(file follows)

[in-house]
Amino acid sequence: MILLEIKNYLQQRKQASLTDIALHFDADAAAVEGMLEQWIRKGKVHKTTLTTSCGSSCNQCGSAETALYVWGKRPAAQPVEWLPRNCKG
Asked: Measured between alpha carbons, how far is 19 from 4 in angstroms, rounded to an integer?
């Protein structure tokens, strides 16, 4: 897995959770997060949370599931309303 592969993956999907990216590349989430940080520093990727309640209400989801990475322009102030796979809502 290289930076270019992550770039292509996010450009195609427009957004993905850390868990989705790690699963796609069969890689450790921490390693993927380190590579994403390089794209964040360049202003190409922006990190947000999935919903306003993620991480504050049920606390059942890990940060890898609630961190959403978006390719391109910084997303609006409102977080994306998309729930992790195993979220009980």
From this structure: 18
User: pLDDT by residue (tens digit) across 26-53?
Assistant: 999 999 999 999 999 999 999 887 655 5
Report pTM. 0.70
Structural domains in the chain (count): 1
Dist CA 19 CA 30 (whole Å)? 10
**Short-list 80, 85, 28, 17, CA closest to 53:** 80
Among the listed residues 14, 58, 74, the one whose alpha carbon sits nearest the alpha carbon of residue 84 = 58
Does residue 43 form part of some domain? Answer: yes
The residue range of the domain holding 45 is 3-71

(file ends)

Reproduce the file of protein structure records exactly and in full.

[in-house]
Amino acid sequence: MILLEIKNYLQQRKQASLTDIALHFDADAAAVEGMLEQWIRKGKVHKTTLTTSCGSSCNQCGSAETALYVWGKRPAAQPVEWLPRNCKG
Asked: Measured between alpha carbons, how far is 19 from 4 in angstroms, rounded to an integer?
């Protein structure tokens, strides 16, 4: 897995959770997060949370599931309303 592969993956999907990216590349989430940080520093990727309640209400989801990475322009102030796979809502 290289930076270019992550770039292509996010450009195609427009957004993905850390868990989705790690699963796609069969890689450790921490390693993927380190590579994403390089794209964040360049202003190409922006990190947000999935919903306003993620991480504050049920606390059942890990940060890898609630961190959403978006390719391109910084997303609006409102977080994306998309729930992790195993979220009980």
From this structure: 18
User: pLDDT by residue (tens digit) across 26-53?
Assistant: 999 999 999 999 999 999 999 887 655 5
Report pTM. 0.70
Structural domains in the chain (count): 1
Dist CA 19 CA 30 (whole Å)? 10
**Short-list 80, 85, 28, 17, CA closest to 53:** 80
Among the listed residues 14, 58, 74, the one whose alpha carbon sits nearest the alpha carbon of residue 84 = 58
Does residue 43 form part of some domain? Answer: yes
The residue range of the domain holding 45 is 3-71